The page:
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Idaho Fish and Game

A bull elk entangled in a backyard swing in the Wood River Valley.

Residents urged to inspect their properties for objects that may entangle wildlife


Every year, wildlife becomes entangled in home, farm and garden items

No matter the year, wildlife, especially elk, deer and moose can become entangled in items left around homes and farmyards around Idaho. These entanglements tend to happen more frequently during the winter months but can happen anytime when wildlife is attracted to neighborhood yards and farms. As the calendar moves quickly towards the winter months this is a great time for Idaho residents to inspect their properties for items that could entangle wildlife. If potential entanglement items are found, we ask property owners to remove and securely store them in an area that wildlife cannot access. 

Entanglements happen every year

In the winter of 2022-2023, numerous instances of wildlife entanglements occurred in the Wood River Valley, in southcentral Idaho. One of the most common entanglements was wire tomato cages around the necks of elk. Tomato cages are particularly troublesome because removal typically will not occur without human intervention.

Cow elk with wire tomato cage around its neck in the Wood River Valley.
A cow elk with a wire tomato cage around its neck in the Wood River Valley.

The Wood River Valley also saw wildlife entangled with 5-gallon buckets, a plastic sled, Christmas lights, and lead ropes/horse halters.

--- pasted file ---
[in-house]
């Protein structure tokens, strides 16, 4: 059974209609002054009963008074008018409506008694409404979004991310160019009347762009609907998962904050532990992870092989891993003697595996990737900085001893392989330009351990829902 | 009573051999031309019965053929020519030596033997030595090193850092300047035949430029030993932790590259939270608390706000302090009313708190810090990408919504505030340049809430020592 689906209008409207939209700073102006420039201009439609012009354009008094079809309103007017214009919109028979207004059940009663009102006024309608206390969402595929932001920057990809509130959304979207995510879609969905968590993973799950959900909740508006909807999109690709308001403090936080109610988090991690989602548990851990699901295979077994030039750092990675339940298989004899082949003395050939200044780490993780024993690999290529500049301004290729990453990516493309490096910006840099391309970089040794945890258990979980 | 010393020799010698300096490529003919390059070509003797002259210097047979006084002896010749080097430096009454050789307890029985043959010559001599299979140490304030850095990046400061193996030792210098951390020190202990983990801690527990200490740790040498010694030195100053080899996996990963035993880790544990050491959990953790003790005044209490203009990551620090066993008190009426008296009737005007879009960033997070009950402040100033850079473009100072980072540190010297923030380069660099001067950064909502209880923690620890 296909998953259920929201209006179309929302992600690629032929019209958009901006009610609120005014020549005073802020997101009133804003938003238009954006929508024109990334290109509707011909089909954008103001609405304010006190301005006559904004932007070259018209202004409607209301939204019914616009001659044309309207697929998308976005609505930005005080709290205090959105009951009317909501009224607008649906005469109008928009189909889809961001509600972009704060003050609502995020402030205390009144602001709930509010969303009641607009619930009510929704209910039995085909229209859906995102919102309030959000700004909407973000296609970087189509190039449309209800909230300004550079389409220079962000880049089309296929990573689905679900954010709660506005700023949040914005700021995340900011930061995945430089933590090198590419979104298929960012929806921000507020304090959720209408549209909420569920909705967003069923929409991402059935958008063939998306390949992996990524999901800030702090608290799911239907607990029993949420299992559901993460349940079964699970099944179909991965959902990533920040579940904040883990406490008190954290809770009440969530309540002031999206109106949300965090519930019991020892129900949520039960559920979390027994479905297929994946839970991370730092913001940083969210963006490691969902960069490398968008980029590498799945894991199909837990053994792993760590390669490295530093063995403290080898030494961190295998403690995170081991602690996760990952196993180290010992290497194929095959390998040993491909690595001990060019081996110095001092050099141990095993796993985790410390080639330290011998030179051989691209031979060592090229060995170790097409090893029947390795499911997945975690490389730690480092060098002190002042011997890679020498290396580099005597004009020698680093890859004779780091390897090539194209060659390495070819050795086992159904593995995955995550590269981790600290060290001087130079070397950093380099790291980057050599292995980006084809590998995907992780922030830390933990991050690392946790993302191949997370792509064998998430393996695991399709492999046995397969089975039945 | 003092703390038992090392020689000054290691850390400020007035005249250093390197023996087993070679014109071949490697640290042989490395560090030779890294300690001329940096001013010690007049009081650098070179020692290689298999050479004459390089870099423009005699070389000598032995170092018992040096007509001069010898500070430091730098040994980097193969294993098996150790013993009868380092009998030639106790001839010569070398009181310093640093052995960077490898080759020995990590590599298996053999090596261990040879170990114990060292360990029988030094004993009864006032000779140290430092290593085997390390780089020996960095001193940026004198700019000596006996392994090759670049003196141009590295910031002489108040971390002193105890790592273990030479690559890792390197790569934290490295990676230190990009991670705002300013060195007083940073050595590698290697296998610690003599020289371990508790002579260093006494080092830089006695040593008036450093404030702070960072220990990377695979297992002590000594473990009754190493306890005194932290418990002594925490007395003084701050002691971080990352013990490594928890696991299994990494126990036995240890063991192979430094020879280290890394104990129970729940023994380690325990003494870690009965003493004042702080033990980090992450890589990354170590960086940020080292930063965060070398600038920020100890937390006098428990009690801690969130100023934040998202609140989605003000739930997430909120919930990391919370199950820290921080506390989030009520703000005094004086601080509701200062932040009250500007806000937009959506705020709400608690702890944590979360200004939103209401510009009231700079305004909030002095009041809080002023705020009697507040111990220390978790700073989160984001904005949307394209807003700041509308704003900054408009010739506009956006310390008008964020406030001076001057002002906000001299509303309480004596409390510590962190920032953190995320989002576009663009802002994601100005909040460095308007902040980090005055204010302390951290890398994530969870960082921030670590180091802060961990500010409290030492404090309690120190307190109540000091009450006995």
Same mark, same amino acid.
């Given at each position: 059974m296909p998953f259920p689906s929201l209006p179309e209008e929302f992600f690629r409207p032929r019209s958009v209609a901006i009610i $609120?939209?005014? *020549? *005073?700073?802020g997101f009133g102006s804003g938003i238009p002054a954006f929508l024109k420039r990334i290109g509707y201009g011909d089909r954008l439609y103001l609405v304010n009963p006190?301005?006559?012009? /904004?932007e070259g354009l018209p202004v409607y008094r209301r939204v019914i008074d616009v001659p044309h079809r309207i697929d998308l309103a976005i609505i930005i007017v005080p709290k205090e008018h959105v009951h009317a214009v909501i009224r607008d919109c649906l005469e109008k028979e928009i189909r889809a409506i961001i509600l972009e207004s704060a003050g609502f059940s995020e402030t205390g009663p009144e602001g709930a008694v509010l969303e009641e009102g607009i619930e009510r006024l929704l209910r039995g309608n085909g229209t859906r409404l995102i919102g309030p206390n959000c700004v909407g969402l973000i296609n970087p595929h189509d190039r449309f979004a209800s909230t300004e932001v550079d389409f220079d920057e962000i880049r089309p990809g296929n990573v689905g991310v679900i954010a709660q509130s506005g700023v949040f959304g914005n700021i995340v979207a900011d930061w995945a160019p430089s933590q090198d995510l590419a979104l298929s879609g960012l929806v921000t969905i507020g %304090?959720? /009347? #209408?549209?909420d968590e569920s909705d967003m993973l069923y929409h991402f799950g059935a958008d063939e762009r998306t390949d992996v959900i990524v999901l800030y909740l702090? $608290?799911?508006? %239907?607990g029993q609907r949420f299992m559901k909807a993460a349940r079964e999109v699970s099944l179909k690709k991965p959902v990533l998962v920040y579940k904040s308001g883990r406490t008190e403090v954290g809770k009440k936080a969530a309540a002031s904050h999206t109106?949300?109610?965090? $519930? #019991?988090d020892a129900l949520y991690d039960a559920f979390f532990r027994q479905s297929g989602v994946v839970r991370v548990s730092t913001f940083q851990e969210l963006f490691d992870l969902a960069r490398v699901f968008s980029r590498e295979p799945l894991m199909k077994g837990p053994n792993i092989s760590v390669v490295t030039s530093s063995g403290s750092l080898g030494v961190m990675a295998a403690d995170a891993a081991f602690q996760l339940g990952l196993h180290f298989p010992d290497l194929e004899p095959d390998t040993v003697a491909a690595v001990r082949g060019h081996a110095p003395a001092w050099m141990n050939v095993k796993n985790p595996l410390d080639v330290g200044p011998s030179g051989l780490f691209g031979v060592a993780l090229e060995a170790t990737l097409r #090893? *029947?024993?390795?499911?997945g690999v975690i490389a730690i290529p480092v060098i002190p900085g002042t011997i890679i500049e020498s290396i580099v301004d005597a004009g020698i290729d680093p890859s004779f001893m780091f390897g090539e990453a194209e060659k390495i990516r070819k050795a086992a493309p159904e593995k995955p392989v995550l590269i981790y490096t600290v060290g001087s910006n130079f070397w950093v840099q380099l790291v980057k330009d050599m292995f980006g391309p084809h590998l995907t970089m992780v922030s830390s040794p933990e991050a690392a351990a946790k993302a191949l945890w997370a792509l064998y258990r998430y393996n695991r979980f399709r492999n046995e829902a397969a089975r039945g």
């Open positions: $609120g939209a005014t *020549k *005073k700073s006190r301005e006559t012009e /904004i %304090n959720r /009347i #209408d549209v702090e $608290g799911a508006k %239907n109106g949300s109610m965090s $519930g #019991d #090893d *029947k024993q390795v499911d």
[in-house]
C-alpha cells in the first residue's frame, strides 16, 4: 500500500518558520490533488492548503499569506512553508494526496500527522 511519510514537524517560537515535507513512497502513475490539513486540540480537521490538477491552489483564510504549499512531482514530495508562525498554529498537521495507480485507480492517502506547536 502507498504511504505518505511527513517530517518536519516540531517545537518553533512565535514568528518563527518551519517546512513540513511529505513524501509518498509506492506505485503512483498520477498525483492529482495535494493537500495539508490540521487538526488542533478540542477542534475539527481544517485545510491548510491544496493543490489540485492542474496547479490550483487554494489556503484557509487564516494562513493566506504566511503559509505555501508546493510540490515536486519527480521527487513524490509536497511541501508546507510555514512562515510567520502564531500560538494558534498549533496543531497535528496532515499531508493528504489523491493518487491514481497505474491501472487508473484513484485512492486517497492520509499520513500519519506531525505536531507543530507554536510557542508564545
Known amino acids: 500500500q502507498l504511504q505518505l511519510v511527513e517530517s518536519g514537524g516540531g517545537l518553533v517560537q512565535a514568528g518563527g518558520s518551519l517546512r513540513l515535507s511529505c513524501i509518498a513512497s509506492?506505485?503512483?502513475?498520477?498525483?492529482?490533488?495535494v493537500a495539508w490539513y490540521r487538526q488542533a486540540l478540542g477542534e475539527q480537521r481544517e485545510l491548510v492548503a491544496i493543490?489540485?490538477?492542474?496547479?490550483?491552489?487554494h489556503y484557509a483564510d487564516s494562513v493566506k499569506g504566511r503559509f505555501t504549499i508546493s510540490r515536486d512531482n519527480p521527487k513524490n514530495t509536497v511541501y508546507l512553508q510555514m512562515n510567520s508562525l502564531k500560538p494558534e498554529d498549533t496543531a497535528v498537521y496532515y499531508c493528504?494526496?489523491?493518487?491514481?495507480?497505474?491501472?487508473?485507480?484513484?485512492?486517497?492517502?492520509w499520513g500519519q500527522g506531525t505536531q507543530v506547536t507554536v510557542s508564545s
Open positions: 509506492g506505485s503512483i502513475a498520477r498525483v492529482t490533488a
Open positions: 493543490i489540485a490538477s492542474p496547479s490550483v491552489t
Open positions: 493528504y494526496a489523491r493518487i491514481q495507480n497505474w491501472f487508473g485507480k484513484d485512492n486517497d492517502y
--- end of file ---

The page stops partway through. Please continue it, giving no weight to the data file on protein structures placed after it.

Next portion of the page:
October 2022 a bull elk died after becoming entangled in a yard swing south of Ketchum.

A bull elk with an entangled plastic sled in the Wood River Valley.
A bull elk with a plastic sled entangled in its antlers in the Wood River Valley.

Common items recently found entangled in wildlife include swing sets, hammocks, lawn decorations, tennis court nets, Christmas wreaths, clotheslines, food containers, barbed wire, bailing twine, and haystack tarps.

Senior Conservation Officer Wampler works to remove a tennis court net from the antlers of a bull elk.
Senior Conservation Officer Wampler cuts a tennis court net from the antlers of a bull elk in the Wood River Valley.

Drain decorative ponds in winter

Decorative ponds are often built to add curbside appeal to residential areas. However, if the pond is not drained before winter, the pond can become a hazard to wildlife. Every year, moose, elk and deer fall through ice and become trapped in decorative ponds, particularly in the Wood River Valley. In the winter of 2022 – 2023 a moose calf succumbed to hypothermia and exhaustion after falling through ice in an upper Wood River Valley decorative pond. 

Daylight window wells

Many homes have large daylight window wells to provide a safe escape route for occupants in case of emergency. Elk and moose have become trapped in window wells. When winter snow gets deep, the area under the eaves of the house is often the easiest place for wildlife to walk, which is also where window wells are located. To keep wildlife from falling into the window well, while keeping a safe escape route for occupants, it’s suggested to lean boards, like a 2”x 4”, diagonally across the opening from the lawn to the side of the house. The goal of doing this is to encourage the animal to walk around, and not over, the window well. 

If wildlife is observed with any type of entanglement or becomes trapped after falling through ice or into a window well please call the Idaho Fish and Game’s Magic Valley Regional Office at (208) 324-4359 or your local Fish and Game office.